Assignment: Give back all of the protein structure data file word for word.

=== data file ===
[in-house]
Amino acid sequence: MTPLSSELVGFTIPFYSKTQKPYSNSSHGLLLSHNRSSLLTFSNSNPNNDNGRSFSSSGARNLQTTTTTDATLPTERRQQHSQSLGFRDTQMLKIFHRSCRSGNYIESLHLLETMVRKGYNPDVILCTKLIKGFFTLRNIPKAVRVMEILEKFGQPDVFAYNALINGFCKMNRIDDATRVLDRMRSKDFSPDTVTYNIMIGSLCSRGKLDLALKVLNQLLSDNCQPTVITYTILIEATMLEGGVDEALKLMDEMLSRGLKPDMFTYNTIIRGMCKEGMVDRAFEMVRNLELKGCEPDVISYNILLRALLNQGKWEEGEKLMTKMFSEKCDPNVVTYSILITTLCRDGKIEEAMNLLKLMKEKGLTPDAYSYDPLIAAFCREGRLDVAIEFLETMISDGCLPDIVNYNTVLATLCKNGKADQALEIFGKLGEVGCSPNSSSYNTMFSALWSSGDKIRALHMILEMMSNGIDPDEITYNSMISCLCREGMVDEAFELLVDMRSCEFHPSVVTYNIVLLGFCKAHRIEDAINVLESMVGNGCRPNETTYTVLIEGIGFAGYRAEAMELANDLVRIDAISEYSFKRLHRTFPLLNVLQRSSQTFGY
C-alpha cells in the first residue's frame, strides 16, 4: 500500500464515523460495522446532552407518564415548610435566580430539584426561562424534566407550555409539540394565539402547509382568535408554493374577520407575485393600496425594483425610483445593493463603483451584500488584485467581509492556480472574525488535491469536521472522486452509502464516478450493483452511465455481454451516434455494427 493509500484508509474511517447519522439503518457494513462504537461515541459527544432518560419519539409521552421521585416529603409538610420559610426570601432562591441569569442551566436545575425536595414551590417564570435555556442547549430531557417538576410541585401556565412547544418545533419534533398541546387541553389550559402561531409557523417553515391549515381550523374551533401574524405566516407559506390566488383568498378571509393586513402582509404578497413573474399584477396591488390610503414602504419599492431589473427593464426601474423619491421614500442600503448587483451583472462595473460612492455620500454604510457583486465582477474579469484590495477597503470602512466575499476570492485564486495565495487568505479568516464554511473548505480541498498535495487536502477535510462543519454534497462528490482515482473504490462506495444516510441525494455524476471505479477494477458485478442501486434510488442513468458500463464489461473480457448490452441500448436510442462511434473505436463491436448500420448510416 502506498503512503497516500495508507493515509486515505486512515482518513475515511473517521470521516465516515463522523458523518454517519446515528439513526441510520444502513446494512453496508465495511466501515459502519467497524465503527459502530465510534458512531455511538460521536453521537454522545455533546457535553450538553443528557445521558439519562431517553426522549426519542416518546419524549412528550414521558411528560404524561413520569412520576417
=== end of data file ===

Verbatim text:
[in-house]
Amino acid sequence: MTPLSSELVGFTIPFYSKTQKPYSNSSHGLLLSHNRSSLLTFSNSNPNNDNGRSFSSSGARNLQTTTTTDATLPTERRQQHSQSLGFRDTQMLKIFHRSCRSGNYIESLHLLETMVRKGYNPDVILCTKLIKGFFTLRNIPKAVRVMEILEKFGQPDVFAYNALINGFCKMNRIDDATRVLDRMRSKDFSPDTVTYNIMIGSLCSRGKLDLALKVLNQLLSDNCQPTVITYTILIEATMLEGGVDEALKLMDEMLSRGLKPDMFTYNTIIRGMCKEGMVDRAFEMVRNLELKGCEPDVISYNILLRALLNQGKWEEGEKLMTKMFSEKCDPNVVTYSILITTLCRDGKIEEAMNLLKLMKEKGLTPDAYSYDPLIAAFCREGRLDVAIEFLETMISDGCLPDIVNYNTVLATLCKNGKADQALEIFGKLGEVGCSPNSSSYNTMFSALWSSGDKIRALHMILEMMSNGIDPDEITYNSMISCLCREGMVDEAFELLVDMRSCEFHPSVVTYNIVLLGFCKAHRIEDAINVLESMVGNGCRPNETTYTVLIEGIGFAGYRAEAMELANDLVRIDAISEYSFKRLHRTFPLLNVLQRSSQTFGY
C-alpha cells in the first residue's frame, strides 16, 4: 500500500464515523460495522446532552407518564415548610435566580430539584426561562424534566407550555409539540394565539402547509382568535408554493374577520407575485393600496425594483425610483445593493463603483451584500488584485467581509492556480472574525488535491469536521472522486452509502464516478450493483452511465455481454451516434455494427 493509500484508509474511517447519522439503518457494513462504537461515541459527544432518560419519539409521552421521585416529603409538610420559610426570601432562591441569569442551566436545575425536595414551590417564570435555556442547549430531557417538576410541585401556565412547544418545533419534533398541546387541553389550559402561531409557523417553515391549515381550523374551533401574524405566516407559506390566488383568498378571509393586513402582509404578497413573474399584477396591488390610503414602504419599492431589473427593464426601474423619491421614500442600503448587483451583472462595473460612492455620500454604510457583486465582477474579469484590495477597503470602512466575499476570492485564486495565495487568505479568516464554511473548505480541498498535495487536502477535510462543519454534497462528490482515482473504490462506495444516510441525494455524476471505479477494477458485478442501486434510488442513468458500463464489461473480457448490452441500448436510442462511434473505436463491436448500420448510416 502506498503512503497516500495508507493515509486515505486512515482518513475515511473517521470521516465516515463522523458523518454517519446515528439513526441510520444502513446494512453496508465495511466501515459502519467497524465503527459502530465510534458512531455511538460521536453521537454522545455533546457535553450538553443528557445521558439519562431517553426522549426519542416518546419524549412528550414521558411528560404524561413520569412520576417